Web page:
This blog analyzes A.T. Kearney’s Global Trends 2016-2021 report, which focuses on Political, Technological, and Demographic Revolutions. Today, I will specifically go into the 2nd trend in the report, which talks about Latin America’s position to be a major economic player in the future.
There is a bright spot in a region historically filled with political and economic trauma. Neoliberal political parties with pro-business strategy have been winning elections across the region, creating hope for a future filled with economic prosperity. The region has deepened its ties with the rest of the world and is in the midst of reshaping its future identity.
The biggest issues that stand in the way of economic prosperity are corruption and commodity prices. Most notably, Venezuela and Brazil have been the news regarding these issues. In the last 17 years, Venezuela estimates that $425 billion of public money has been stolen or wasted. In Brazil, government corruption has led to the imprisonment of former President, Dilma Rousseff. Commodity prices have dipped in recent years which led to a decline in government revenue. Between 2011 and 2015, Crude Oil, Metals, and Food prices all declined which led to a recession in the region.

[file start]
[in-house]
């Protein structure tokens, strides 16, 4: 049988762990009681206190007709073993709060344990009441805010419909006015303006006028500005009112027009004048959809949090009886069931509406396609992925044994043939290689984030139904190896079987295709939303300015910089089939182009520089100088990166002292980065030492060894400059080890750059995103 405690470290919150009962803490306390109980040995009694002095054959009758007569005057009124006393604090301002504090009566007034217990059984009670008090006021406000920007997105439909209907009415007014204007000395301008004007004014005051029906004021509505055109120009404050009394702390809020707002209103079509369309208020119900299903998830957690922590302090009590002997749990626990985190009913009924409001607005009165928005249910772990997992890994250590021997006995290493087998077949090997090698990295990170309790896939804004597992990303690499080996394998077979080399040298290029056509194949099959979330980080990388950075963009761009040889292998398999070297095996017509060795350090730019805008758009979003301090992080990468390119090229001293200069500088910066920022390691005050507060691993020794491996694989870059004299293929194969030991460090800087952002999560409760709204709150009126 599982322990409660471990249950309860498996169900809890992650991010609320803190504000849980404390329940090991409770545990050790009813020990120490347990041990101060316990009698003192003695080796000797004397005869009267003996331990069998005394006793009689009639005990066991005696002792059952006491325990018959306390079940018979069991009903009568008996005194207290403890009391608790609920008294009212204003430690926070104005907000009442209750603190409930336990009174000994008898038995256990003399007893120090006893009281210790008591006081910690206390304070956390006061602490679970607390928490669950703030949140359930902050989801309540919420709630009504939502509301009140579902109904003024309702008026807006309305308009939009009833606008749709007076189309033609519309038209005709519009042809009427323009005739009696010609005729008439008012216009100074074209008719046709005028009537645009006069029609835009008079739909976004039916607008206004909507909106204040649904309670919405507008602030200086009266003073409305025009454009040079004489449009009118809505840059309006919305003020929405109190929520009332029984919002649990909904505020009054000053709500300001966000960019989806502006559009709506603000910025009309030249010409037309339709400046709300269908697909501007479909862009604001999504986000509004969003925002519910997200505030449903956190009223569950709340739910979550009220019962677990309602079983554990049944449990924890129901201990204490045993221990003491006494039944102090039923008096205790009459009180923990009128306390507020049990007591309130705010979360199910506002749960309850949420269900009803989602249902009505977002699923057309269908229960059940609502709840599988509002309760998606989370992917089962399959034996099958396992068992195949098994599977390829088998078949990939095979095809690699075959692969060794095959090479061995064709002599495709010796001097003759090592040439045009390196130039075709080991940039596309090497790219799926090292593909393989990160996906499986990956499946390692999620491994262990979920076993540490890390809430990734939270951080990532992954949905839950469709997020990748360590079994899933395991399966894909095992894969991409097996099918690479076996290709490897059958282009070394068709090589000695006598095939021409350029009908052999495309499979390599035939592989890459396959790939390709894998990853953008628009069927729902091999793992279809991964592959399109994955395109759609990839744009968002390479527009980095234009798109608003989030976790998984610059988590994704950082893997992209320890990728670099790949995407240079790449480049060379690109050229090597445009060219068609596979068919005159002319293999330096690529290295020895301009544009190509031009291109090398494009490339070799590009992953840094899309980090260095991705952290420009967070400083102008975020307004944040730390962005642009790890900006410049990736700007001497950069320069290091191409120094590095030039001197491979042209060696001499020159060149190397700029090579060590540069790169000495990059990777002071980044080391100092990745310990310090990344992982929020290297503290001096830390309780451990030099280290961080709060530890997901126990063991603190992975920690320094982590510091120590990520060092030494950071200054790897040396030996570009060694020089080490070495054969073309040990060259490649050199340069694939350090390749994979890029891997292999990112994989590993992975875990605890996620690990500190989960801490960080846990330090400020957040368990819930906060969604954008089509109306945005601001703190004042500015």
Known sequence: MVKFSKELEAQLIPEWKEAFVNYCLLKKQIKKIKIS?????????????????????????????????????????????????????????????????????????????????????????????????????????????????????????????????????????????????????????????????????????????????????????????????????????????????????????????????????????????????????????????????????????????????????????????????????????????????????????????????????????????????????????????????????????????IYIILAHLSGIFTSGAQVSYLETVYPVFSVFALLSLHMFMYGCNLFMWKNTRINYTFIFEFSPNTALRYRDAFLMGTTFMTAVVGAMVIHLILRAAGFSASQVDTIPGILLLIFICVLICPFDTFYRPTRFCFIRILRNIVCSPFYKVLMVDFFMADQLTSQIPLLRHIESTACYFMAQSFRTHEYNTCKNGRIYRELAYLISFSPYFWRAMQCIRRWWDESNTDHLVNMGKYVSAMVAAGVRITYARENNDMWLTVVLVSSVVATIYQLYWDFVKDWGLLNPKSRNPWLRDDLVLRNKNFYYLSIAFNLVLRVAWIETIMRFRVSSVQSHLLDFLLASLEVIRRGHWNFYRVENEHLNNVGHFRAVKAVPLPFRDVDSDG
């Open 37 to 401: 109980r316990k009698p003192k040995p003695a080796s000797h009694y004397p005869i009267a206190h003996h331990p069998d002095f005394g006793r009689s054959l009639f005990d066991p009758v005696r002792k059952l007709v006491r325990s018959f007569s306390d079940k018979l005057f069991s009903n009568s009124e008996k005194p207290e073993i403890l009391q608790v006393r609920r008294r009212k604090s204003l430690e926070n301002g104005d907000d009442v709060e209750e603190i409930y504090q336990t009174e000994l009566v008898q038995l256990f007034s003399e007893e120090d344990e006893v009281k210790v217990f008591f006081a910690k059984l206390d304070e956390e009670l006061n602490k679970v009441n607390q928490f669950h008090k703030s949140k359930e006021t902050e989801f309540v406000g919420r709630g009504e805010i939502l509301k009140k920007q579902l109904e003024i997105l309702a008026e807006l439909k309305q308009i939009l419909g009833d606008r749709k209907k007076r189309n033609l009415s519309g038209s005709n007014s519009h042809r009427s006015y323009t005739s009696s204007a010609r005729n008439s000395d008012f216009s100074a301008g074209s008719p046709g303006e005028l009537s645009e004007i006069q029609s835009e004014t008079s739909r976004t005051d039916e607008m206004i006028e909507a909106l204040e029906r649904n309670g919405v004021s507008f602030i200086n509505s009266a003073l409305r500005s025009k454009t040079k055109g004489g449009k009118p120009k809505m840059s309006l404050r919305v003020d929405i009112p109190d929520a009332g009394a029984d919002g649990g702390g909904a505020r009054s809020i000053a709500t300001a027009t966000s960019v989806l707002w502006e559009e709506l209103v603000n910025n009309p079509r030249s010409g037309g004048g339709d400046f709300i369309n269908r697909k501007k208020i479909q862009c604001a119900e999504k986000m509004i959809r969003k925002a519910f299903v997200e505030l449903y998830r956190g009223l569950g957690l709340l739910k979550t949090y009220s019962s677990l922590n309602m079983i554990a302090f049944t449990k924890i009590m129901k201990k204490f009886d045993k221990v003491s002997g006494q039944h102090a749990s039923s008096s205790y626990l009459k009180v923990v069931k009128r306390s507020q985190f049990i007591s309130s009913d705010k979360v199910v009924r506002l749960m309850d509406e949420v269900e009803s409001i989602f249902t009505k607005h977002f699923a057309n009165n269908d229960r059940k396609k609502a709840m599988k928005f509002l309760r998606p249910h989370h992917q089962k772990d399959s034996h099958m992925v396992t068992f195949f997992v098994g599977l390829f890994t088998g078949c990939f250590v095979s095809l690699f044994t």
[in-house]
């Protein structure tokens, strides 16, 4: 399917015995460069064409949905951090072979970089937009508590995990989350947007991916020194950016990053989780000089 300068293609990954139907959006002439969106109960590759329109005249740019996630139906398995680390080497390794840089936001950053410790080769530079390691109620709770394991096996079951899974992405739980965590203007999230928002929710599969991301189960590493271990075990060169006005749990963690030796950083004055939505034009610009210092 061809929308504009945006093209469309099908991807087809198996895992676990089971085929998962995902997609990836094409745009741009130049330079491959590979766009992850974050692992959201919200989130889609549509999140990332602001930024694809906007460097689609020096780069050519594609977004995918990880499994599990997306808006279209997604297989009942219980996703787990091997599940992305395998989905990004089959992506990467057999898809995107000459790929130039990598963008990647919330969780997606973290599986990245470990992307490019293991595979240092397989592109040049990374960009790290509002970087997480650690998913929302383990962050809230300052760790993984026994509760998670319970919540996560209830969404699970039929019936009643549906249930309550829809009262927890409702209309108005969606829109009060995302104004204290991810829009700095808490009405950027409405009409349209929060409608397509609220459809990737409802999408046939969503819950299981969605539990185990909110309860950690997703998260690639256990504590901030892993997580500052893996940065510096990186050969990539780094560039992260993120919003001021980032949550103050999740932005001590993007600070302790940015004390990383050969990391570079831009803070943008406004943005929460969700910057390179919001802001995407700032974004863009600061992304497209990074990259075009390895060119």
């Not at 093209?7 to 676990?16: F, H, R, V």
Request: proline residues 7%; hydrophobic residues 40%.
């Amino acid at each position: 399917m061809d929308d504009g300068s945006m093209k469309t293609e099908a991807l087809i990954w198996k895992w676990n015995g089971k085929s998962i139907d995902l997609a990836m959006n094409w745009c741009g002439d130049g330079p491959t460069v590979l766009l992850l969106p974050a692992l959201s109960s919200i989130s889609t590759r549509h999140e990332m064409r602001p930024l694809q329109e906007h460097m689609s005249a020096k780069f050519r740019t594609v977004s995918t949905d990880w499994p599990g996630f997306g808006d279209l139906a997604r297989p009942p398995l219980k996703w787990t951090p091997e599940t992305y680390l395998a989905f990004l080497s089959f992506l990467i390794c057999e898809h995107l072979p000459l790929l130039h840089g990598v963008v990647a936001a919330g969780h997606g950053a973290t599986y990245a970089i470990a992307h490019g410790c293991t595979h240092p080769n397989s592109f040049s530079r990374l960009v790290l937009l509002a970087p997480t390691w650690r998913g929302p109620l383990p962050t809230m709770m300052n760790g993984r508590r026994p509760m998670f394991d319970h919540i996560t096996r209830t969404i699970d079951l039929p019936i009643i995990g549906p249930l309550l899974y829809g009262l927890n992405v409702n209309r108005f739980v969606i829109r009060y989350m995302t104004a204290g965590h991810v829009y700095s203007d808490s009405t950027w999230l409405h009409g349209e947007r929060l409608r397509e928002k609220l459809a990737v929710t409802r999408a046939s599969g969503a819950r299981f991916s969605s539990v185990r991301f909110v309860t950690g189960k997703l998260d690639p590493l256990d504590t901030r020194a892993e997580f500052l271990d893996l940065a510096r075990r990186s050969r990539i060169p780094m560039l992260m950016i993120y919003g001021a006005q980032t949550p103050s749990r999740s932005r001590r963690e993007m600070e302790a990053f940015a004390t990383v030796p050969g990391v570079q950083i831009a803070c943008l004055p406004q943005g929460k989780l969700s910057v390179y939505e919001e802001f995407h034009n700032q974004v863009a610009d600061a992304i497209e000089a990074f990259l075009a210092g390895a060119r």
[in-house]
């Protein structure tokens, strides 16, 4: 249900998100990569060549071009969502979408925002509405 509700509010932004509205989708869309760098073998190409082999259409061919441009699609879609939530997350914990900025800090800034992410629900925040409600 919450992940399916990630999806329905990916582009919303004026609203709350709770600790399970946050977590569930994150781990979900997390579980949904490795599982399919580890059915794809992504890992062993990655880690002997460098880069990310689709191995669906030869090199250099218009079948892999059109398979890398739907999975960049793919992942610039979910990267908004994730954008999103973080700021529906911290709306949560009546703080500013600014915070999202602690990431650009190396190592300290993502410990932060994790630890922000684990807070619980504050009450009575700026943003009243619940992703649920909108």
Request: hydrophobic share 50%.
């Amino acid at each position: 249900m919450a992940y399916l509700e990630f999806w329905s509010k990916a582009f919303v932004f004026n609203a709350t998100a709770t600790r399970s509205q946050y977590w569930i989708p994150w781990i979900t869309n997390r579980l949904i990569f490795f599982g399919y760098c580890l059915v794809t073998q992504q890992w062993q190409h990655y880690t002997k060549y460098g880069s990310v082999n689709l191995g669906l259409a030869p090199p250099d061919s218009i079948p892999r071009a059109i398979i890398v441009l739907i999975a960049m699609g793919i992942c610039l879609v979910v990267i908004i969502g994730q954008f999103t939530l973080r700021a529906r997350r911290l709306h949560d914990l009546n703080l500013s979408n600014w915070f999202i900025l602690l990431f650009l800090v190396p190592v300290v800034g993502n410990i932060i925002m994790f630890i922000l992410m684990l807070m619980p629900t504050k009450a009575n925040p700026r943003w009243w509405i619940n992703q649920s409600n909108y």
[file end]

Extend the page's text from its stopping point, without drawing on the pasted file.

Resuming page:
In the past decades, Latin America’s economic cycles mirrored that of the United States. However, this is changing. The region has gained exposure to China and other Pacific nations as trading partners. An increase in the world's demand for commodities has increased Latin American trade, boosted consumption, and increased the income of lower paid manual laborers. In a region known for income disparities, equal distribution of income has assisted the working class.
In order to ensure future economic successes, the region must focus on middle-class consumers, limit social unrest, and promote privatization in order to develop new business industries and promote foreign investment. The possibility of social unrest due to governmental issues is always present. However, the government has the ability to limit the likelihood of future social unrest by advocating for fair income distribution and focusing on the middle class. Right now, many of these countries are heavily reliant on commodity prices and need to develop new industries in order to stabilize as a balanced economy.
Click here for a link to yesterday's blog on the third A.T. Kearney Global Trend which highlights the global labor market's tipping point.